Prophylaxis—A Key to Adult Gout Flare Prevention

It’s True. It’s Blue.

Mitigare® (colchicine) and its authorized generic colchicine 0.6 mg capsules may help make gout flare prevention more affordable for your adult patients.1-3 Mitigare® capsules have a distinctive color to help adults prevent gout flares.1-3 The distinctive two-tone capsule may help patients identify their medication.4,5

Mitigare® is indicated for prophylaxis of gout flares in adults. The safety and effectiveness of Mitigare® for acute treatment of gout flares during prophylaxis has not been studied. Mitigare® is not an analgesic medication and should not be used to treat pain from other causes.

Where to Begin

Anti-inflammatory prophylaxis—before ULT6

The American College of Rheumatology (ACR) Guidelines for Management of Gout state that patients should begin anti-inflammatory prophylaxis prior to or concurrent with urate-lowering therapy (ULT).6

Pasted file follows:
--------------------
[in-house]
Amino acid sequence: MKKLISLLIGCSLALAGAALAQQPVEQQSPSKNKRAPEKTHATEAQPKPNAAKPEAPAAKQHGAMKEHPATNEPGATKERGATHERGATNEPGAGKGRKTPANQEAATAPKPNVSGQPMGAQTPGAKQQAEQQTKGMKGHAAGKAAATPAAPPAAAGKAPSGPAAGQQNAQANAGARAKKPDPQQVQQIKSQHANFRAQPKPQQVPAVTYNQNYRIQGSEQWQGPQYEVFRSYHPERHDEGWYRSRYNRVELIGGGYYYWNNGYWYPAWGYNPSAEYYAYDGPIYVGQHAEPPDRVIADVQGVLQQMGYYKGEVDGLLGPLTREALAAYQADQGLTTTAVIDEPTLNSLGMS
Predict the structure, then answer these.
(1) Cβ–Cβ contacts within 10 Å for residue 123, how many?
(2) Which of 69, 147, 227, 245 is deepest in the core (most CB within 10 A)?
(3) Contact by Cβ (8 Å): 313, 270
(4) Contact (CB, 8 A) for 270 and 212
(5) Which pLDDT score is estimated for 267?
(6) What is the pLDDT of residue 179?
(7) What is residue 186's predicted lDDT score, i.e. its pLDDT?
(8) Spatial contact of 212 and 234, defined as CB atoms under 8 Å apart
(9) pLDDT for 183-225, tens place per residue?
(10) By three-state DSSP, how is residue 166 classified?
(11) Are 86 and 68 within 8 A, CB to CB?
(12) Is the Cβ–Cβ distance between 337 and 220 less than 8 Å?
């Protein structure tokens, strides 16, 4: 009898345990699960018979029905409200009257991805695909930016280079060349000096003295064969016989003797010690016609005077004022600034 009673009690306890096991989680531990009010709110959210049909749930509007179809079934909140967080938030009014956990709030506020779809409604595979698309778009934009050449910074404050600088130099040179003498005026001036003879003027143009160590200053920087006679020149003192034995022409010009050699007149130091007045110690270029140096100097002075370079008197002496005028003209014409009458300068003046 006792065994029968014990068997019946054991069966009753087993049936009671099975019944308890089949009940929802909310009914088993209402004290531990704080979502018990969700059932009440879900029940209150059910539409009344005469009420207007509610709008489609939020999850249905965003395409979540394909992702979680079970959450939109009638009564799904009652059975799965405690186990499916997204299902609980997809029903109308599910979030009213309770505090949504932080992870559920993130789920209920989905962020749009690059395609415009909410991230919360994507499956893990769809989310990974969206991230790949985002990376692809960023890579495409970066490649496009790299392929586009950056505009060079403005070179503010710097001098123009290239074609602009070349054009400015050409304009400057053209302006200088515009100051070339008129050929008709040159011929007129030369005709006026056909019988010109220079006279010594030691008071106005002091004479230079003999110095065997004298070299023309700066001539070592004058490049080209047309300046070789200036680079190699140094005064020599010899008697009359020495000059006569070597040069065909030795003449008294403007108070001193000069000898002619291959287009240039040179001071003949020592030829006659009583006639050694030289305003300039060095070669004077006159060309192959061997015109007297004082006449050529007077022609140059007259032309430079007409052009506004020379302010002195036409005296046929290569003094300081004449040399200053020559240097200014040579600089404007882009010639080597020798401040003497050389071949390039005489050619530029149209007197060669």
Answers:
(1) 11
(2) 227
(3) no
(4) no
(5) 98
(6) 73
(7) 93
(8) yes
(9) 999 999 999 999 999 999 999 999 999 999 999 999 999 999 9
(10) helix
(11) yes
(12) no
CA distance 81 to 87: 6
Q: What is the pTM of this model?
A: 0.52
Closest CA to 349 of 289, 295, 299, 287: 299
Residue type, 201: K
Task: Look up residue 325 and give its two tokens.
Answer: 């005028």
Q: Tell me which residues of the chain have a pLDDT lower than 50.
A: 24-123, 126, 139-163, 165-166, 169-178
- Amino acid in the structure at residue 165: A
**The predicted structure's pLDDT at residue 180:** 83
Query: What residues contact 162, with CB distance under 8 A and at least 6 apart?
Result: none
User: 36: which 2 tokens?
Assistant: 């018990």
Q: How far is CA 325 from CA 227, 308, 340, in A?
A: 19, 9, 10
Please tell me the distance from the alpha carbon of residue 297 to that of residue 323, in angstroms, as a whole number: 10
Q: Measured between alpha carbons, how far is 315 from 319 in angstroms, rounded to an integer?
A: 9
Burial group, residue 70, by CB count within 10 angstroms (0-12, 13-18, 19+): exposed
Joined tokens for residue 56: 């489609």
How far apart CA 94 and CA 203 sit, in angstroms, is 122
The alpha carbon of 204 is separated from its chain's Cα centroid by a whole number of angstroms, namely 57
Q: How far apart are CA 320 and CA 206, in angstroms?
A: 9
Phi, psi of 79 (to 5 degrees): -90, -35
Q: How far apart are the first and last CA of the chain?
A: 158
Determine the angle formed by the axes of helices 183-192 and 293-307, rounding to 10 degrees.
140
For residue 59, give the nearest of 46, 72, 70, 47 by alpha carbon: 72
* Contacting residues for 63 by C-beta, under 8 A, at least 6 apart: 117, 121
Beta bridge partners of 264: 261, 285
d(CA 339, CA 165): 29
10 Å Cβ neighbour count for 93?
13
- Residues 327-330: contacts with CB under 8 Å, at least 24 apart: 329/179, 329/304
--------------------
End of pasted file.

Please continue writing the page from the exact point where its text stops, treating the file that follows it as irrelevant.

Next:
• The ACR Task Force Panel recommends low-dose colchicine (0.5 mg to 0.6 mg orally once or twice a day) as a first-line option.
  • The goal of long-term gout management is to reduce the urate level below the limit of monosodium urate (MSU) solubility, thus dissolving MSU crystals.2
  • The dispersion of MSU crystals puts the patient at increased risk of gout flares.7

 

Flare prophylaxis should continue for at least 3 to 6 months6

Per the ACR Guidelines, anti-inflammatory prophylaxis should continue for the greater of:

  • At least 6 months OR
  • 3 months after achieving target serum urate appropriate for the patient (no tophi detected on physical exam).